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database in python ?

P: n/a
Hello I need to build table which need searching data which needs more
power then dictionary or list in python, can anyone help me what kind
of database suitable for python light and easy to learn. Is mySQL a
nice start with python ?

Sincerely Yours,
Pujo

Jul 18 '05 #1
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23 Replies


P: n/a
aj****@gmail.com wrote:
I need to build table which need searching data which needs more
power then dictionary or list in python, can anyone help me what
kind of database suitable for python light and easy to learn. Is
mySQL a nice start with python ?


You could try SQLite for Python: <http://pysqlite.org/>.

Cheers,

--
Klaus Alexander Seistrup
Magnetic Ink, Copenhagen, Denmark
http://magnetic-ink.dk/
Jul 18 '05 #2

P: n/a
MySQL is an excellent option is very well documented. It is also a
defacto standard for OpenSource databases.

You will need to install the Python module MySQLdb. -->
http://sourceforge.net/projects/mysql-python

There should be plenty of examples online too for using MySQLdb with
Python.

If you get more advanced, you can look into the SQLObject module which
allows you to use databases in a more Pythonic objective way.

Julian
http://julianyap.blogspot.com

Jul 18 '05 #3

P: n/a
MySQL is an excellent option is very well documented. It is also a
defacto standard for OpenSource databases.


MySQL sucks for anything but very very basic stuff as it supports no
transactions, foreign keys, procedures, triggers, concurrency, etc.
Postgresql is a lot better, free, and the psycopg adapter for Postgres is
*very very* fast (a lot faster than the MySQL one) and it has a
dictfetchall() method which is worth its weight in donuts !
Jul 18 '05 #4

P: n/a
Pierre-Frédéric Caillaud wrote:
MySQL is an excellent option is very well documented. It is also a
defacto standard for OpenSource databases.



MySQL sucks for anything but very very basic stuff as it supports
no transactions, foreign keys, procedures, triggers, concurrency, etc.
Postgresql is a lot better, free, and the psycopg adapter for
Postgres is *very very* fast (a lot faster than the MySQL one) and it
has a dictfetchall() method which is worth its weight in donuts !


MySQL has support for transactions and foreign keys in it's InnoDB
engine. In 5.0 it supports views procedures. Some people seems to hate
MySQL :-) but a whole lot of other people like it a lot.

The thing is, if you don't spesificaly state that you want triggers,
concurrency and procedures I guess that your needs are quite basic.

However you won't be be disappointed with either MySQL or postgree in
your trunk :)

ola

--
--------------------------------------
Ola Natvig <ol********@infosense.no>
infoSense AS / development
Jul 18 '05 #5

P: n/a
aji...@gmail.com wrote:
I need to build table which need searching data which needs more
power then dictionary or list in python, can anyone help me what
kind of database suitable for python light and easy to learn. Is
mySQL a nice start with python ?


It depends... mySQL is fine for more or less data centric applications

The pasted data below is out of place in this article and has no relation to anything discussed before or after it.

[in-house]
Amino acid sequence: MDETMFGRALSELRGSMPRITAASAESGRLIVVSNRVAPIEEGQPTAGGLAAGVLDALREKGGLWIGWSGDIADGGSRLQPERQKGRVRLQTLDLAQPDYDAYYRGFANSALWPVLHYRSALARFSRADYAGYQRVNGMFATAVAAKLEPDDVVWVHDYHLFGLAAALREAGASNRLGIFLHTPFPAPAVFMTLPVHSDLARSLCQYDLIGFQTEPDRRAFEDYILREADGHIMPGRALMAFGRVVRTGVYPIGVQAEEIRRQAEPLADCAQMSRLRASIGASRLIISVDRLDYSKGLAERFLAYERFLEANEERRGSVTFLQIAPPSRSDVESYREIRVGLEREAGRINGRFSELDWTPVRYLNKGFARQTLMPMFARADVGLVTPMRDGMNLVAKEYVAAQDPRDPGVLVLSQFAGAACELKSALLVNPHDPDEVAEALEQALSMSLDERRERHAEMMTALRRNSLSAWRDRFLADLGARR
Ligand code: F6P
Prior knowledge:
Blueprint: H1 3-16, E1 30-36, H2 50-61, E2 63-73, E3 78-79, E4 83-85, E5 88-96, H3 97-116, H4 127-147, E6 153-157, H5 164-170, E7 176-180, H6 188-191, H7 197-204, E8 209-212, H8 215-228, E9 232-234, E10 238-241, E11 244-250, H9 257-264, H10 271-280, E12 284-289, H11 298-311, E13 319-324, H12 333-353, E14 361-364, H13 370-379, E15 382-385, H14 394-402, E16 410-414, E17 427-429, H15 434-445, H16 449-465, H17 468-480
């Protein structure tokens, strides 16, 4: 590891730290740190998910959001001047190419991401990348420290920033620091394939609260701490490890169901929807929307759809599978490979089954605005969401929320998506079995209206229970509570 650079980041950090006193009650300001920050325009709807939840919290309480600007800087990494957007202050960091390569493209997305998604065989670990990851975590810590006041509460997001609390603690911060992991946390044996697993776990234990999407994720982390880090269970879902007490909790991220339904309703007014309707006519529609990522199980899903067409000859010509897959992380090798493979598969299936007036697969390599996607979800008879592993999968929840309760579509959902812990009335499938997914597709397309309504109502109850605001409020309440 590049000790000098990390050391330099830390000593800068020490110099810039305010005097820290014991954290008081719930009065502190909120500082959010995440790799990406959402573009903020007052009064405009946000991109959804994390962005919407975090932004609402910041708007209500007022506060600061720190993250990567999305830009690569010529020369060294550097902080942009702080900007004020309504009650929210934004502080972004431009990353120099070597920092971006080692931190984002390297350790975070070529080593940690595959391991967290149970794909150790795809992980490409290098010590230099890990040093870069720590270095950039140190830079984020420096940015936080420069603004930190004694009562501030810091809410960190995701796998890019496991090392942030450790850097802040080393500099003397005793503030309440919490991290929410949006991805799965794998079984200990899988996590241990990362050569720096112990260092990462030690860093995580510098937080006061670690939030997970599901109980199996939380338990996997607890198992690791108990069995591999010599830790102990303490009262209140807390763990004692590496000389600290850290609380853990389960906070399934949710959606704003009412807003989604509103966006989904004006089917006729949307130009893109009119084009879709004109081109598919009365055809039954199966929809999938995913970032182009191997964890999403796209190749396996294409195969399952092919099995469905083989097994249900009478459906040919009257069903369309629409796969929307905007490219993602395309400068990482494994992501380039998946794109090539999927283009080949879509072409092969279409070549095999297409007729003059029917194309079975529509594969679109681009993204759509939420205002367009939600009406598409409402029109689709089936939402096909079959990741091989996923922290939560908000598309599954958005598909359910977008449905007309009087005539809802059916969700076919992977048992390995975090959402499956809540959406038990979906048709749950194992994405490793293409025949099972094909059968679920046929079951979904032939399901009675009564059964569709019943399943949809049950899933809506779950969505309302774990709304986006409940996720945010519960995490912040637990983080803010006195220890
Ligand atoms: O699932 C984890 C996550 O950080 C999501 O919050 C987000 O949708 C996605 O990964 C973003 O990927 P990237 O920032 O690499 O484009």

with many tables.

When I need SQL search power, but the number of tables/records is small
enough gadfly is the best bet. Contact database, CD catalog, extended
configuration data are proper examples. In such cases, gadfly is by far
faster, then "normal" relational databases.

Jul 18 '05 #6

P: n/a
In article <11*********************@z14g2000cwz.googlegroups. com>,
"aj****@gmail.com" <aj****@gmail.com> wrote:
Hello I need to build table which need searching data which needs more
power then dictionary or list in python, can anyone help me what kind
of database suitable for python light and easy to learn. Is mySQL a
nice start with python ?

Sincerely Yours,
Pujo


MySQL lacks some of the more advanced features of commercial SQL databases
like Oracle or Sybase, but other than that, it's an excellent and very
popular choice.

It's free, easy to install, runs on many platforms and has interfaces to
many languages (including Python). It's also been around a long time and
used on many large-scale projects, so you can have confidence that it's
stable. It's also well documented, both with on-line material from the
makers, and from third party publishers (I like the O'Reily book).
Jul 18 '05 #7

P: n/a
"aj****@gmail.com" <aj****@gmail.com> said :
Hello I need to build table which need searching data which needs more
power then dictionary or list in python, can anyone help me what kind
of database suitable for python light and easy to learn. Is mySQL a
nice start with python ?


There are a number of separate database engines with a python interface, as
others in the thread have shown. However, if you mostly work with one table
at a time, as you seem to imply, then you might have a look a Kirbybase :
it's a single python module, and databases don't come any lighter or easier
than that :)

--
YAFAP : http://www.multimania.com/fredp/
Jul 18 '05 #8

P: n/a

If you want Simple you can use the following piece of code.
It won't work if you have a million records, but it's a nice intelligent
flatfile storage with a select where + order by and limit emulator.

# ################################################## #######

class ListMgr( object ):
def __init__( self, klass, filename ):
self.filename = filename
self.klass = klass
self.load()

def load( self ):
try:
self.contents = pickle.load( open( self.filename ))
print "Loaded %d items %s in %s" % (len(self.contents), self.klass,
type(self))
except IOError:
print "Creating new contents for", type(self)
self.contents = {}
self.save()

if self.contents:
self.insert_id = max( self.contents.keys() ) +1
else:
self.insert_id = 1